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British and European Malts

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Cheshire Cat

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I was wondering what people's experience is with using British versions of European malts e.g.
Munich
Pilsner
Vienna
Wheat
Rye
Etc.
With the exception of Pilsner where I buy Weyermann's Bohemian for the rest I buy British. For those malts with no apparent British version like
Special B
Buscuit
Honey
Then I buy the European or Canadian malt.
I've not been disappointed using British equivalents but I have no standard for comparison.
Comments please.
 

An Ankoù

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I bought a sack of Crisp's Vienna in error, I had intended to get Bestmalz. Absolutely no problem at all, I think a tiny bit richer / malt forward than the German malt, which, for my styles is a benefit rather than a problem. I also use it a a substitute for mild ale malt when I run out of that. Note that Crisp's Vienna is made out British 2-row spring barley and not Pilsner malt so I reckon it really is Mild Ale Malt whereas Minch (THBC) is made from continental Pilsner malt.
I agree that there's no substitute for Gambrinus honey malt!
 

Cheshire Cat

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I bought a sack of Crisp's Vienna in error, I had intended to get Bestmalz. Absolutely no problem at all, I think a tiny bit richer / malt forward than the German malt, which, for my styles is a benefit rather than a problem. I also use it a a substitute for mild ale malt when I run out of that. Note that Crisp's Vienna is made out British 2-row spring barley and not Pilsner malt so I reckon it really is Mild Ale Malt whereas Minch (THBC) is made from continental Pilsner malt.
I agree that there's no substitute for Gambrinus honey malt!
Thanks AA have you tried the Minch Lager malt?
 

Cheshire Cat

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I looked at the Minch malt on the the THBC site and they only sell 500g or 25kg of Vienna and Munich. I only want 10kg of each so I mailed them and the response was rapid but Shane confirmed those were the only sizes. So 10kg would cost £19.60 which is far too dear. Whereas Best Malz offering is £14.76 and Weyermann's £15.74.
 

Clint

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Most of my stuff is Crisp. I initially settled on this in an effort to try and establish a bench mark in consistency and efficiency and never changed.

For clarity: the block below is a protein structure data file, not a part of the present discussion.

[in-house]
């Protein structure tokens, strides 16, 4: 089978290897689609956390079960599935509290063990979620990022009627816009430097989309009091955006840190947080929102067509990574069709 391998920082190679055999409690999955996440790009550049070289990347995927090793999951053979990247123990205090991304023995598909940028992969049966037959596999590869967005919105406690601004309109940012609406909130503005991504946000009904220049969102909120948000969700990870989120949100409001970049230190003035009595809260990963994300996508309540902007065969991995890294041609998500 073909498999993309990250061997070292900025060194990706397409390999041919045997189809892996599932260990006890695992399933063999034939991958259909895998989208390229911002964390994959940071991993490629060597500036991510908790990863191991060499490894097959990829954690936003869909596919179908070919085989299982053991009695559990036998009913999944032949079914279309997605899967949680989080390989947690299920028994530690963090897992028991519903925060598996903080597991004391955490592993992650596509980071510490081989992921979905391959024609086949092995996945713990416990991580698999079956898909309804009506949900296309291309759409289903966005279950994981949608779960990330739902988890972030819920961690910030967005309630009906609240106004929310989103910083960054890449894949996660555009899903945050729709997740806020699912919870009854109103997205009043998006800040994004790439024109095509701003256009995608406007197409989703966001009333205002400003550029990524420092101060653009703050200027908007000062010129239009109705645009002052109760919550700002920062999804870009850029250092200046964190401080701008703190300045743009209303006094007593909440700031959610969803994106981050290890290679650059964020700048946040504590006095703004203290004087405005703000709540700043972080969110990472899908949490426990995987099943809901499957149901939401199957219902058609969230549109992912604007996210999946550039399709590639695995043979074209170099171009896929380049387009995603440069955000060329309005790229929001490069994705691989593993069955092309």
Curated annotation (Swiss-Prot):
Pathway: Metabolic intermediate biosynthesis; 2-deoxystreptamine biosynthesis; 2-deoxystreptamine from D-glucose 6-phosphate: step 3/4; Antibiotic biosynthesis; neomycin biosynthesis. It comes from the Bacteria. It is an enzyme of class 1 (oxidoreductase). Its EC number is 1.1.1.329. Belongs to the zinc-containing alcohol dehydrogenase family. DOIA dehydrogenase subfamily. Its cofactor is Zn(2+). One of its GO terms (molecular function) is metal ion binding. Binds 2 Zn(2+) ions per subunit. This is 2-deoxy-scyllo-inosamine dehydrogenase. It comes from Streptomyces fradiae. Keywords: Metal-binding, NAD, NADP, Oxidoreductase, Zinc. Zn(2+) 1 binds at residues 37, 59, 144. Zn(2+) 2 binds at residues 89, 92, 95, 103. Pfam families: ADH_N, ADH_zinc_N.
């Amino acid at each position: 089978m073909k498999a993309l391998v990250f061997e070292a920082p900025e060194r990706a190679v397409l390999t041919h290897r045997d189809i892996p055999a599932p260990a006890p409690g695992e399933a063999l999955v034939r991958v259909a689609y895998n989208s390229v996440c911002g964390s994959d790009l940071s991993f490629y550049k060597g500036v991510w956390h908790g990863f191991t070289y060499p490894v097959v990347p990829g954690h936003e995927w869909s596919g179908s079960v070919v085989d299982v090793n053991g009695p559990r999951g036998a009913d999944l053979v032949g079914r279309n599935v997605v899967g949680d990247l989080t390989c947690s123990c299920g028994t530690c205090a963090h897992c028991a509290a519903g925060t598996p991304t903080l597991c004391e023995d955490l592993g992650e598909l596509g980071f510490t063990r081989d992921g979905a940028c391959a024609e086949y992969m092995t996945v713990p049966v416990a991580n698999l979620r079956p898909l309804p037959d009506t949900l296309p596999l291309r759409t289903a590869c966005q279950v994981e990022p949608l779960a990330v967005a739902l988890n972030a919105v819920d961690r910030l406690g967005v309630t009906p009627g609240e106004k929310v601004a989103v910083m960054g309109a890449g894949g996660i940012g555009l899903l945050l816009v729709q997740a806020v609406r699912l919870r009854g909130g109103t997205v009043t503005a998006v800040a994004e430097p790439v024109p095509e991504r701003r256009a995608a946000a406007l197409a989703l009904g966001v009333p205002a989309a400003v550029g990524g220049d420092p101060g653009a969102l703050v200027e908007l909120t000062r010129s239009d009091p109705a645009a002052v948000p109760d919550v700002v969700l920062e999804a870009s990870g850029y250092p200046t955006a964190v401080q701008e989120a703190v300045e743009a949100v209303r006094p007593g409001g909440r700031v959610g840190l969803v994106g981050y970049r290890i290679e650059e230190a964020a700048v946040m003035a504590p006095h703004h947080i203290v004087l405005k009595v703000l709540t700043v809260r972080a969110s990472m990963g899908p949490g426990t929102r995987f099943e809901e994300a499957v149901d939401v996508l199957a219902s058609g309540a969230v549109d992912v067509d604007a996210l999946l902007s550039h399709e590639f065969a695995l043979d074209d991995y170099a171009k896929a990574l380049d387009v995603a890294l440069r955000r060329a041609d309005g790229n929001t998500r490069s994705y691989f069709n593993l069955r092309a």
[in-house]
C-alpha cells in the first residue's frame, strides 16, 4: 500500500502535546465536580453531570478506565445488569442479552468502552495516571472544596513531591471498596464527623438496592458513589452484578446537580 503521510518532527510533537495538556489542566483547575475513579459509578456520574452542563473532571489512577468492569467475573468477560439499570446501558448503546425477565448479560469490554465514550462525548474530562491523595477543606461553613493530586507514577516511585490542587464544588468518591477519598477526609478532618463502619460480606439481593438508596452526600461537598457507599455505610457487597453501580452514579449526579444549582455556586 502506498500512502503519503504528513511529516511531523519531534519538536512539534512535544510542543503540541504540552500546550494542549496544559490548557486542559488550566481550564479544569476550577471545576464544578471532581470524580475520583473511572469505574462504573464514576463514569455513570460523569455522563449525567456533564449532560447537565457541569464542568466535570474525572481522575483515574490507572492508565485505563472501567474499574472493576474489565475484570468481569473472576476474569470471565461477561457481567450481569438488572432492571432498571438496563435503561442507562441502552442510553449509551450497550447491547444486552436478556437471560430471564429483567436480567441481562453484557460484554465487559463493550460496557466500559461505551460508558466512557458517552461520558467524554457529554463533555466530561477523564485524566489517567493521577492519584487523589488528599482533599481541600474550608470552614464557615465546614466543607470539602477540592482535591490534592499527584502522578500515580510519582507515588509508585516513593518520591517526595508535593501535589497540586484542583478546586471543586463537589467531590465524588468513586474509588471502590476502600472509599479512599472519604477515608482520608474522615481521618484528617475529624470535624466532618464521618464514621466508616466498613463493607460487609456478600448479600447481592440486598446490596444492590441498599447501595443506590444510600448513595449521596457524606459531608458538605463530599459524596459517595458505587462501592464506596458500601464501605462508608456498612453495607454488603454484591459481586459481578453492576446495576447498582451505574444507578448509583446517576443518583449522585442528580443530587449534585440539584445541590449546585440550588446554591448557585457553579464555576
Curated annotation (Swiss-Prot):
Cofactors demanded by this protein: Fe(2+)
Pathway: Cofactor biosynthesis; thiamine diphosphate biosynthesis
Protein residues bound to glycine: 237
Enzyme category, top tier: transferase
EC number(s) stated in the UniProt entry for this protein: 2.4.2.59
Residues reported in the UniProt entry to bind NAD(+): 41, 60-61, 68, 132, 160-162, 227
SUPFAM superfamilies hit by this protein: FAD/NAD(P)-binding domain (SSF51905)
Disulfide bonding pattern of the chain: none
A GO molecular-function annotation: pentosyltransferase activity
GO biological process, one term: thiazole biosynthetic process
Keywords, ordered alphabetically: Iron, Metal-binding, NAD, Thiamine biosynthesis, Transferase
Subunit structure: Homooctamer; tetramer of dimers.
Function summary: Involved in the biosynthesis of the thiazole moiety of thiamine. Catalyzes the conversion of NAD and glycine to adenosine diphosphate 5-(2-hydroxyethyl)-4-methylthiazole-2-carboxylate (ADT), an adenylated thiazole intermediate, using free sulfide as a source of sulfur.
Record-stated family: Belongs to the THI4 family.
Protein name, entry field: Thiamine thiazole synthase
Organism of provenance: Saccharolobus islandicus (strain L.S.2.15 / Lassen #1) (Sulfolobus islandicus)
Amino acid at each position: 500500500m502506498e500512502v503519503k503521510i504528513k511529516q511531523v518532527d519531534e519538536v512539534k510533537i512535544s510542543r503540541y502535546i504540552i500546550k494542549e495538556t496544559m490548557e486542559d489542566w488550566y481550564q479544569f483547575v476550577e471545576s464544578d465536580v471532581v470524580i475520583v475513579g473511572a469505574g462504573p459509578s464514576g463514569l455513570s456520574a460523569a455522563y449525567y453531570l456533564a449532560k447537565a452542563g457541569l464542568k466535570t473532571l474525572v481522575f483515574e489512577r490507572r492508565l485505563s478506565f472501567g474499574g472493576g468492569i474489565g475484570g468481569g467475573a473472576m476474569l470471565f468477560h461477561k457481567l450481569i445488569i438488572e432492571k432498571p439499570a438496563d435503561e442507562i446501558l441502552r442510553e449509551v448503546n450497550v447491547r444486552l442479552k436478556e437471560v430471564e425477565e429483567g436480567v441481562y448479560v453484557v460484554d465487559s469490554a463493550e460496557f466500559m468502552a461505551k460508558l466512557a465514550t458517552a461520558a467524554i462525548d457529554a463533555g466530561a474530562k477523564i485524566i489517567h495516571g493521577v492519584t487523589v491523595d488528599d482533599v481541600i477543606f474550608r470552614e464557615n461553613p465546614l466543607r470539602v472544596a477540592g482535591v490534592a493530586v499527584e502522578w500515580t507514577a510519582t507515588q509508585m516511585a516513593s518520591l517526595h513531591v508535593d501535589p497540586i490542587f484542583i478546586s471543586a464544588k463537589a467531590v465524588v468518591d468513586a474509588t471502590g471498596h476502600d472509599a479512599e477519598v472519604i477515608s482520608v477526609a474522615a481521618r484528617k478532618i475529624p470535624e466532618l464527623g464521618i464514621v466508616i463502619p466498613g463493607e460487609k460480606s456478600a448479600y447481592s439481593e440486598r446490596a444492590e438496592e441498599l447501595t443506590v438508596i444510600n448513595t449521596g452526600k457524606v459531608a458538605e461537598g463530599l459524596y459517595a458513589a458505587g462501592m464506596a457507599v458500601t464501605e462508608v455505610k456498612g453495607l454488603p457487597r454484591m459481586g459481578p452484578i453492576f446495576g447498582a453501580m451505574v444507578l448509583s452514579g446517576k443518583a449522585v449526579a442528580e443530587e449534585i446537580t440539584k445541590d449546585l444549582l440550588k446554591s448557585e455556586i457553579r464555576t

peebee

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There does appear to be more to it than matching up "colour" as @An Ankoù said. Different barleys, different malting techniques, etc? I do not get on with continental malts at all (I've used Belgium Castle Malting and German Bestmalz) perhaps because my systems are so tuned to British malt that the continental malt gives me really bad extraction efficiency (only 68% mash efficiency for a Bestmalz RedX recently when I expect over 80%).

But differences have go to be good - expands the range of possibilities!

Going on the dodgy "match the colour" method: Perhaps Simpson's newish Imperial Malt (45 EBC - extraordinary for a fully diastatic malt) is a match for Gambrinus honey malt? I've got a batch of "Burton" using 75% Imperial Malt maturing to give it a try. Never tried Gambrinus honey malt so I will be none the wiser.
 

An Ankoù

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Thanks AA have you tried the Minch Lager malt?
I've got some, but I haven't tried it yet. I think it's the same barley as they use for their pale ale malt, but malted slightly differently and kilned off to a lighter colour. Looking forward to using it and I wouldn't be surprised if it a good substitute for Weyermann's Bohemian Pilsner malt as that's a good "malty" malt. too. As compared with eg Bestmalz Best Heidelberg, which is excellent too, but gives something more like the body and colour of Peroni.
But I only do lagers in the winter, when it's cold and bleak.
 

An Ankoù

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Never tried Gambrinus honey malt so I will be none the wiser.
It really does give a (sort of) honey flavour. I suspect the Gambrinus is more like a crystal malt wheres the Imperial is kind of midway between a Munich and an amber, but I might be wrong as I'd bnever thought of comparing them side by side. Colorado honey malt is another weird one; much lighter in colour, but still a honeyish taste. There are some weird malts out there.
 

peebee

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… But I only do lagers in the winter, when it's cold and bleak.
You're having a laugh at us in our "cold and bleak." little northern kingdom. I can tell you know...

I'll think of you drinking your cold lagers in the sun while we perish up here in the howling gales.
 

An Ankoù

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You're having a laugh at us in our "cold and bleak." little northern kingdom. I can tell you know...

I'll think of you drinking your cold lagers in the sun while we perish up here in the howling gales.